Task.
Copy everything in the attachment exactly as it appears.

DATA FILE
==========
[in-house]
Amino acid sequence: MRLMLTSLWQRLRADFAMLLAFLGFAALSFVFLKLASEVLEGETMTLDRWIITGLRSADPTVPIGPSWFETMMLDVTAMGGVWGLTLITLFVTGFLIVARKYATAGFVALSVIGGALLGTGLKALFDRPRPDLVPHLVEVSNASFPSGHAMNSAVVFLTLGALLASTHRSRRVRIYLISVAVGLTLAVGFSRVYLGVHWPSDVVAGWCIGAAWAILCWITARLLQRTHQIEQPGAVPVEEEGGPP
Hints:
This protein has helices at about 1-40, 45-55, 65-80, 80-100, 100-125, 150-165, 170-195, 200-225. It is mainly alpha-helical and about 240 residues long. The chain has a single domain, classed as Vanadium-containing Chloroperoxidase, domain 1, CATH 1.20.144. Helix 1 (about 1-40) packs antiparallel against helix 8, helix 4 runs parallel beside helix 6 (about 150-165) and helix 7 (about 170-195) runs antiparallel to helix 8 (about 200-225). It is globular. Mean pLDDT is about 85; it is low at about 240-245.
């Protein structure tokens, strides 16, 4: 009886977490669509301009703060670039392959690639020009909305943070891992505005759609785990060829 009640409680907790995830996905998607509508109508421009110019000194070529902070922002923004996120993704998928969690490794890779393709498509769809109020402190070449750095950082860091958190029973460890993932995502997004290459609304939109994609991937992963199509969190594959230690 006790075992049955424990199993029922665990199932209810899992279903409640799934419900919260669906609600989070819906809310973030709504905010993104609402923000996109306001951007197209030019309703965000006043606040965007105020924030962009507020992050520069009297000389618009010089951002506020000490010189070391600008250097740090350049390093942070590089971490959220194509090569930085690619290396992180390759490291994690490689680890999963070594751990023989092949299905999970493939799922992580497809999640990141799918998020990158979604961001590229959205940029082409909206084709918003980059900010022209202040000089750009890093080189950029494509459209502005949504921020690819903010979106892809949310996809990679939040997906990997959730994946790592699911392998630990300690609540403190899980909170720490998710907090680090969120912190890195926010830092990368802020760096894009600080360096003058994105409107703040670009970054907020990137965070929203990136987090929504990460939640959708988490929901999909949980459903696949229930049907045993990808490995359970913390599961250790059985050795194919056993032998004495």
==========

[in-house]
Amino acid sequence: MRLMLTSLWQRLRADFAMLLAFLGFAALSFVFLKLASEVLEGETMTLDRWIITGLRSADPTVPIGPSWFETMMLDVTAMGGVWGLTLITLFVTGFLIVARKYATAGFVALSVIGGALLGTGLKALFDRPRPDLVPHLVEVSNASFPSGHAMNSAVVFLTLGALLASTHRSRRVRIYLISVAVGLTLAVGFSRVYLGVHWPSDVVAGWCIGAAWAILCWITARLLQRTHQIEQPGAVPVEEEGGPP
Hints:
This protein has helices at about 1-40, 45-55, 65-80, 80-100, 100-125, 150-165, 170-195, 200-225. It is mainly alpha-helical and about 240 residues long. The chain has a single domain, classed as Vanadium-containing Chloroperoxidase, domain 1, CATH 1.20.144. Helix 1 (about 1-40) packs antiparallel against helix 8, helix 4 runs parallel beside helix 6 (about 150-165) and helix 7 (about 170-195) runs antiparallel to helix 8 (about 200-225). It is globular. Mean pLDDT is about 85; it is low at about 240-245.
């Protein structure tokens, strides 16, 4: 009886977490669509301009703060670039392959690639020009909305943070891992505005759609785990060829 009640409680907790995830996905998607509508109508421009110019000194070529902070922002923004996120993704998928969690490794890779393709498509769809109020402190070449750095950082860091958190029973460890993932995502997004290459609304939109994609991937992963199509969190594959230690 006790075992049955424990199993029922665990199932209810899992279903409640799934419900919260669906609600989070819906809310973030709504905010993104609402923000996109306001951007197209030019309703965000006043606040965007105020924030962009507020992050520069009297000389618009010089951002506020000490010189070391600008250097740090350049390093942070590089971490959220194509090569930085690619290396992180390759490291994690490689680890999963070594751990023989092949299905999970493939799922992580497809999640990141799918998020990158979604961001590229959205940029082409909206084709918003980059900010022209202040000089750009890093080189950029494509459209502005949504921020690819903010979106892809949310996809990679939040997906990997959730994946790592699911392998630990300690609540403190899980909170720490998710907090680090969120912190890195926010830092990368802020760096894009600080360096003058994105409107703040670009970054907020990137965070929203990136987090929504990460939640959708988490929901999909949980459903696949229930049907045993990808490995359970913390599961250790059985050795194919056993032998004495």